By my third sparring partner I was ready to prove that those two first matches were just happenstance. As pride always leads me to think, I couldn’t accept the fact that I was not as good as I thought I was. So walking over to my third sparring partner, I sized him up, shook his hand and attacked aggressively. 

I gave this guy everything I had. I used every ounce of strength in me to push him around and toss him. Admittedly he was a great fighter, but I had more strength and I was using it to my advantage. For the first 5 minutes of the match we were equals. He would put me in a hold and I would escape and vise-versa. 

Then it happened! I somehow was on his back and my arm had wrapped around his neck like a really skinny anaconda. I couldn’t believe it. This was my chance to prove that I am not the worst MMA trainee in the room and I wasn’t going to let this chance go to waste. I was going to use every bit of my strength to make this guy tap!


I forget that not everyone is as informed intellectually as I am when it comes to the arts of self-defense. Though my years of paying outrageous amounts of money to watch two men beat the life out of each other I learned a certain signal in MMA that you too need to understand. Jiujitsu, and other martial arts, is about making the other person submit.  To submit in martial arts is to stop fighting. It means you quit your resistance. It is a full surrender to your opponent. But, because most people don’t carry white flags in their pocket, in mixed martial arts the signal for submission is to use your free hand and quickly tap something noticeable. If possible you want to tap the person who is putting you into submission to show them that you are surrendering. To “tap” is to signal that you submit to the opposition and you surrender. Okay, now that is clear, let’s carry on with the story.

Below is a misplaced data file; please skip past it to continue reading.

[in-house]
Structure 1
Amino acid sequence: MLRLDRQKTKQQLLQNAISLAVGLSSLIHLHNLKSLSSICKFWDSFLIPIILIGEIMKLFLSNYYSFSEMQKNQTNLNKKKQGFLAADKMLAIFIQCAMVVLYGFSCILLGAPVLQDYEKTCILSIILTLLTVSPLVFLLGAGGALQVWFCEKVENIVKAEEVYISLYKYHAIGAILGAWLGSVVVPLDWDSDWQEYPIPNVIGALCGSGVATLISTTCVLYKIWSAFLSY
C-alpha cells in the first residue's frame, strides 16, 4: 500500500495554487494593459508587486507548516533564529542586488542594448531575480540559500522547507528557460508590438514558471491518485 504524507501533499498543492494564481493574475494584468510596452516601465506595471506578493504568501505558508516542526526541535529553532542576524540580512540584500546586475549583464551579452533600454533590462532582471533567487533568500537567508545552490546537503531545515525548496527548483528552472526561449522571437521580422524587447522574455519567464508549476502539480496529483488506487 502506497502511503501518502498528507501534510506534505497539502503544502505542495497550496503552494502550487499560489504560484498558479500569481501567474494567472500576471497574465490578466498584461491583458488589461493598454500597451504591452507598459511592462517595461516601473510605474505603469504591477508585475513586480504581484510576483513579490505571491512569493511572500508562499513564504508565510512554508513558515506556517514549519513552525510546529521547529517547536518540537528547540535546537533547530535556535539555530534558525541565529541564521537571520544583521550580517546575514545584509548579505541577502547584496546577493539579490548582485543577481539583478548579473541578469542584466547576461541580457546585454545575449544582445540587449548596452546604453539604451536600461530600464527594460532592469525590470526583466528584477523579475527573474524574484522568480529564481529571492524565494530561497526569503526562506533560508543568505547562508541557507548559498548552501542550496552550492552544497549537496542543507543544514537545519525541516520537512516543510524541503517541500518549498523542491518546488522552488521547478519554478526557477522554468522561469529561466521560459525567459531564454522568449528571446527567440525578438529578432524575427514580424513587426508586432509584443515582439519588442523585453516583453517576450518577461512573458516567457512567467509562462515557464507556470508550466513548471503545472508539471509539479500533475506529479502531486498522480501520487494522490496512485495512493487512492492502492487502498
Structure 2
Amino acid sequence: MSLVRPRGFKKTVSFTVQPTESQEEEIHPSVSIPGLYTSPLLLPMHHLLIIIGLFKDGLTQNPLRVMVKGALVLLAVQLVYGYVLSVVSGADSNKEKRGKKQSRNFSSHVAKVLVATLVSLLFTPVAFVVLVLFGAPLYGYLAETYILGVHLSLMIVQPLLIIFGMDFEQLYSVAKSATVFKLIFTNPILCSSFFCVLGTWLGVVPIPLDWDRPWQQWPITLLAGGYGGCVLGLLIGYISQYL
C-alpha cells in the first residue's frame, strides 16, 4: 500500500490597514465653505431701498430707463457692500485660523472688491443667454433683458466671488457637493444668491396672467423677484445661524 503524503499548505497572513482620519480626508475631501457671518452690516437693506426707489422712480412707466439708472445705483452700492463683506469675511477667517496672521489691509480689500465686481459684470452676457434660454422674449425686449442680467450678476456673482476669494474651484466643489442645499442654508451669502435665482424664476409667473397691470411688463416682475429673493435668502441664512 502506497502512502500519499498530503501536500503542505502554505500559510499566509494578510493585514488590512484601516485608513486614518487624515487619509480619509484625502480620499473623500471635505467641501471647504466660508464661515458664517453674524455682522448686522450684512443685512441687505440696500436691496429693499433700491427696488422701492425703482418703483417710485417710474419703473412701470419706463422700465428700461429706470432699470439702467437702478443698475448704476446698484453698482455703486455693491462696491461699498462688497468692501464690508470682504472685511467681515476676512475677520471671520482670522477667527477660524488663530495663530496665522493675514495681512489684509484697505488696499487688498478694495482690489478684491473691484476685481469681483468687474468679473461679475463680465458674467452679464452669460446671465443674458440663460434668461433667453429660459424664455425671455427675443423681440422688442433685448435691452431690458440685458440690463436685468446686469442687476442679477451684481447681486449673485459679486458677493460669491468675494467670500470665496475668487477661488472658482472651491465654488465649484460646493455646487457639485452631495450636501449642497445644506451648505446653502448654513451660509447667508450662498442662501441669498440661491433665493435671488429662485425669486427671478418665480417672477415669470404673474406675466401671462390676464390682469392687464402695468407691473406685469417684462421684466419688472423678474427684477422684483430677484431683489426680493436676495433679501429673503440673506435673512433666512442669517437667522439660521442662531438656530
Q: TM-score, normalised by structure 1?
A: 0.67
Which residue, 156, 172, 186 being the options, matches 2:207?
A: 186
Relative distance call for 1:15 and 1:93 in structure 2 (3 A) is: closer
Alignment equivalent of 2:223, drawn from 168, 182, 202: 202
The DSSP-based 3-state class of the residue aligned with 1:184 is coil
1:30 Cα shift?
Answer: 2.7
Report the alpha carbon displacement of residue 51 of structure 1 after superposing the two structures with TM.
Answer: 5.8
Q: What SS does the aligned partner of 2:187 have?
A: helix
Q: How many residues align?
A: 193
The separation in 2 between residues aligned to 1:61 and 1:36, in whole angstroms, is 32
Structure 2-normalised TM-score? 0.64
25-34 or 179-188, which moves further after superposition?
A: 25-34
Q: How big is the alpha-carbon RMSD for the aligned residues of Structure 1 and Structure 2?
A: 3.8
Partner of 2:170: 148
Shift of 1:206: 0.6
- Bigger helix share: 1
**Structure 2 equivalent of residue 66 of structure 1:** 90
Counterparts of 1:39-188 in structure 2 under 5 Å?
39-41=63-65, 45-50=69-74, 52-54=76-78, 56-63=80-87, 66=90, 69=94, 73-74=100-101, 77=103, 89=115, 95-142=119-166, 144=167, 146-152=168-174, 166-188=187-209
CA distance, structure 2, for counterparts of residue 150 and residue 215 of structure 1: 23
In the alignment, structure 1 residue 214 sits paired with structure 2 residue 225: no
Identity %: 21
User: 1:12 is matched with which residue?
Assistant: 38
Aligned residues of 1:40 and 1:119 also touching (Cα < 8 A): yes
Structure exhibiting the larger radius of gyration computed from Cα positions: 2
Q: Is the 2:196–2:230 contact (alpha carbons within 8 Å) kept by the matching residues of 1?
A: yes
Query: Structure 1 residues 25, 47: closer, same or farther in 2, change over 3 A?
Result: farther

While I am pulling my arm tighter against this man’s neck, flexing every muscle I had, trying to close his air ways, I remember thinking, “this is it!I am going to get him to submit!”. But then it happened. Something I have never experienced. Every bit of my strength left my body. I went completely limp. My starving anaconda arm slid off his neck and my body slinked onto the floor. I rolled my Gumby body over to my back and breathed like I was giving the room CPR.  My sparring partner didn’t even take this opportunity to submit me. He just looked at me curiously as my hand became a spitting image of a fish out of water – wildly tapping the floor soaking wet with sweat. I had given up. I was fully submitted I had nothing left in me to fight my opponent. I was beaten. I surrendered.

If you’re curious of what happened, the coach put it in the best words, “you choked yourself out” or in laymen’s terms, I had used all my strength to beat my opponent, and without a victory I was out of strength. My body gave up. My fight was gone. I didn’t have the strength to even get off the floor. I was laid down before the one I was resisting, surrendered in defeat.

This was and is the only time that I have ever surrendered physically because I was so badly beaten. And it was the most beautiful picture of surrendering spiritually I had ever seen.

I may of never been submitted like this physically, but many times Christ has submitted me in my stubbornness. There has been more times than I can count that I wrestled with God on a matter only to find that I used all my strength to fight the Lord that my submission became not out of obedience but out of a lack of strength.